green-collar


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green-collar

adj
(Industrial Relations & HR Terms) of, relating to, or designating workers involved in environmental protection, or employed by companies that have protection of the environment as a stated aim
Collins English Dictionary – Complete and Unabridged, 12th Edition 2014 © HarperCollins Publishers 1991, 1994, 1998, 2000, 2003, 2006, 2007, 2009, 2011, 2014
References in periodicals archive ?
Unfortunately, there is a tremendous shortage of individuals with the necessary skills in sustainability practices, and employers seeking more "green-collar" workers often face bleak prospects.
Instead of incurring debt by using Private Finance Initiatives, Brummie Bonds, funding investment in local labour and components to make the council's housing stock and public buildings energy-efficient, would create thousands of green-collar jobs and reduce council tenants' energy bills.
European Ministers should urgently put in place a green new deal for Europe: in other words, based on the precedent of Roosevelt's new deal of the 1930s, we need the re-regulation of international finance, an end to subsidies for coal and nuclear fuel, and a major programme of public and private investments in renewable energy and energy efficiency, generating thousands of green-collar jobs in the process.
More than half of the 500 British businesses questioned predicted that their need for green-collar skills would increase, sparking fears of skills shortages in other areas.
For example, the Ella Baker Center uses its Website to promote online advocacy campaigns, which allow visitors to take action in support of the Center's Green-Collar Jobs campaign and other community projects.
AS WE consider how the Welsh economy can emerge stronger from this recession, the role of green-collar jobs cannot be ignored.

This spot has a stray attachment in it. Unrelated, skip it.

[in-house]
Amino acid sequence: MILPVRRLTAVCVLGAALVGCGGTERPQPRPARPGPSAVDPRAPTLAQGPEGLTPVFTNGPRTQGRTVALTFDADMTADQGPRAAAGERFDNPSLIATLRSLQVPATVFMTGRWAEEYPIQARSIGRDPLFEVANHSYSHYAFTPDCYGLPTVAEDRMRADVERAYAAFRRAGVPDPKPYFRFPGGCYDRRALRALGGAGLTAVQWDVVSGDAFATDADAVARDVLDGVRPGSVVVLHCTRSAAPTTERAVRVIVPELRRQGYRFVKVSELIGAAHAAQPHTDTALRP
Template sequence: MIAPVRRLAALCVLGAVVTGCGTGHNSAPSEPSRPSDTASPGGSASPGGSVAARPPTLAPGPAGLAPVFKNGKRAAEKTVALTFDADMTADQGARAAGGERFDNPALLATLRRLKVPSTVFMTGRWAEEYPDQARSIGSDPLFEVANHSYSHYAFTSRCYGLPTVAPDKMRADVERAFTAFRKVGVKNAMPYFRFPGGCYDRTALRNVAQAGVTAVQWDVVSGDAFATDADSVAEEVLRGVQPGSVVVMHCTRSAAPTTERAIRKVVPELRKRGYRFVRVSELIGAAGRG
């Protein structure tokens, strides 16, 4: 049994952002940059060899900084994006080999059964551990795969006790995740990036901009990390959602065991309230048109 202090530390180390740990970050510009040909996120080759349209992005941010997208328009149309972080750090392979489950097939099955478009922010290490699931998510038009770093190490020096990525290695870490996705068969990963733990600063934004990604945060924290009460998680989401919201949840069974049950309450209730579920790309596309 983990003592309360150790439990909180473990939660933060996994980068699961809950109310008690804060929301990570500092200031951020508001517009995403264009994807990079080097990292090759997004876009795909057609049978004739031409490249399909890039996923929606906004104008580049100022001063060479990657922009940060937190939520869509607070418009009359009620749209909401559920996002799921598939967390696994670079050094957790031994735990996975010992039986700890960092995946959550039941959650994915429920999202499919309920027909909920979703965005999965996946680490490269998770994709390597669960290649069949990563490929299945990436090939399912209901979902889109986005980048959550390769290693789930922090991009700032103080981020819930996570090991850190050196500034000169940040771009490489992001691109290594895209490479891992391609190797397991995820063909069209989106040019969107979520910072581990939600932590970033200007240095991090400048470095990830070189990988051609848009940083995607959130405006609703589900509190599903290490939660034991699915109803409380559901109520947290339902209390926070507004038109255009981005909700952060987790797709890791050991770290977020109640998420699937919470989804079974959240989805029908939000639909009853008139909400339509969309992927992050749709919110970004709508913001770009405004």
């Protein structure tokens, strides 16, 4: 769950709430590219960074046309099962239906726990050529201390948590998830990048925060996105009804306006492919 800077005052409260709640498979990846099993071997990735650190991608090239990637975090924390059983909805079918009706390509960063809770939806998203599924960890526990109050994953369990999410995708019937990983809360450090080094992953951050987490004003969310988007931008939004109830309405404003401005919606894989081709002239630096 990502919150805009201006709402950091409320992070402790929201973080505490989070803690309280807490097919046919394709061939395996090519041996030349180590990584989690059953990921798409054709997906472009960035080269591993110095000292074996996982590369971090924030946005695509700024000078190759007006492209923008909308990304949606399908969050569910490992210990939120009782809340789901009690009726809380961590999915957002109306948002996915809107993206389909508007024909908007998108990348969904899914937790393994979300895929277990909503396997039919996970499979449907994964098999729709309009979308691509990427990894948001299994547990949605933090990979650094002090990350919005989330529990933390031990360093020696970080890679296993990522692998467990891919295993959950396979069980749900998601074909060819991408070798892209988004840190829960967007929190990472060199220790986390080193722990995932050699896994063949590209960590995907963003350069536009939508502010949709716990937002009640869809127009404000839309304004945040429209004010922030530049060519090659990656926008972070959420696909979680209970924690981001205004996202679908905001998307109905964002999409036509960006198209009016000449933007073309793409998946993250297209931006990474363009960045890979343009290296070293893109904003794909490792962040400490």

This is a tremendous example of the innovative work going on in our region and the immense potential for providing green-collar jobs on the back of the need to cut our carbon footprint.
Jones, founder of Green For All, an organization that promotes green-collar jobs and opportunities for the disadvantaged, believes we can look for solutions to both these crises in the green-collar economy.
At the same time, it would provide secure investments for pensions and savings, using that capital to kick-start a massive public and private works programme to cut energy use and create hundreds of thousands of high quality, green-collar jobs.
In other words, based on the precedent of Roosevelt's New Deal of the 1930s, we need the re-regulation of international finance, an end to subsidies for coal and nuclear, and a programme of public and private investments in renewable energy and energy efficiency, generating thousands of green-collar jobs in the process.
All the Democratic presidential candidates talked about "green-collar jobs." But what are they?
That is why we believe that there are vast opportunities for green-collar jobs which could be realised there, and across Wales, via an Obama-style green new deal.